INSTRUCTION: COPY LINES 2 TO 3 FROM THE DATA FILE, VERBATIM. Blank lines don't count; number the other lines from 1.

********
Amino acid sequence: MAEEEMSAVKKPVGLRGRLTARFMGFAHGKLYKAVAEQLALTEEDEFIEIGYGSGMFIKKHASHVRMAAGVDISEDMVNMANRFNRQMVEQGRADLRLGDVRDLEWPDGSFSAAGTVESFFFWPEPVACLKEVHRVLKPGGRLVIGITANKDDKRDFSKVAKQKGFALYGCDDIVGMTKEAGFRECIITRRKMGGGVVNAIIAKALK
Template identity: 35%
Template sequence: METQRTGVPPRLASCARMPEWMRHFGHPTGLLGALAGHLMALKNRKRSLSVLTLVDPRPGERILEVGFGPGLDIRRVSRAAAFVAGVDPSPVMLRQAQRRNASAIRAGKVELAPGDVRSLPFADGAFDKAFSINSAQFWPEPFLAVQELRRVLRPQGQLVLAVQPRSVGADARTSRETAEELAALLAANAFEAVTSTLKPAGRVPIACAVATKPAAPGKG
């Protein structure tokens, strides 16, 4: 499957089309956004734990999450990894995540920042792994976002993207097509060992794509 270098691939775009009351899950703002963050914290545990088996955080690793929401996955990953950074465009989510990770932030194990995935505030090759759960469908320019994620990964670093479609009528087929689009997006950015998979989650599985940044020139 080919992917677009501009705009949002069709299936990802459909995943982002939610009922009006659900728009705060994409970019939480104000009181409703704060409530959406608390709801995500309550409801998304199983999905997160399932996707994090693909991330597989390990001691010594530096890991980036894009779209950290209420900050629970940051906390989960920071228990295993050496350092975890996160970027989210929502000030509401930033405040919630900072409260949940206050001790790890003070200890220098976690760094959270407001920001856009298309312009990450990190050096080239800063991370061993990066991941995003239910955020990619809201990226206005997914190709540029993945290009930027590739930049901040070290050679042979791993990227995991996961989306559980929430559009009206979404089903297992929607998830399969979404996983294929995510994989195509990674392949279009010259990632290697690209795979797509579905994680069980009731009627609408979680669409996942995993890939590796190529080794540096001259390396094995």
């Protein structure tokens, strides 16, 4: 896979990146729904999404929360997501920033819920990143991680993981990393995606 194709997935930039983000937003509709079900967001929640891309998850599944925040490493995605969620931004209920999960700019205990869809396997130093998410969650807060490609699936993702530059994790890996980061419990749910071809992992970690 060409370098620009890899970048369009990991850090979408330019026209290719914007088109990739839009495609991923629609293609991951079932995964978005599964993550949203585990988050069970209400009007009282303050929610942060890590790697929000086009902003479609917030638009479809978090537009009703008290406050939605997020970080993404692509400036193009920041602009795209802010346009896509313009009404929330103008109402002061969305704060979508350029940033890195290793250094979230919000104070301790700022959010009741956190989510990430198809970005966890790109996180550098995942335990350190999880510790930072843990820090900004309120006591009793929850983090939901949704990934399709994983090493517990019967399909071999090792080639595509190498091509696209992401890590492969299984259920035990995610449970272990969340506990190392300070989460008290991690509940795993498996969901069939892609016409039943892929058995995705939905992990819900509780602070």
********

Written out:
Template identity: 35%
Template sequence: METQRTGVPPRLASCARMPEWMRHFGHPTGLLGALAGHLMALKNRKRSLSVLTLVDPRPGERILEVGFGPGLDIRRVSRAAAFVAGVDPSPVMLRQAQRRNASAIRAGKVELAPGDVRSLPFADGAFDKAFSINSAQFWPEPFLAVQELRRVLRPQGQLVLAVQPRSVGADARTSRETAEELAALLAANAFEAVTSTLKPAGRVPIACAVATKPAAPGKG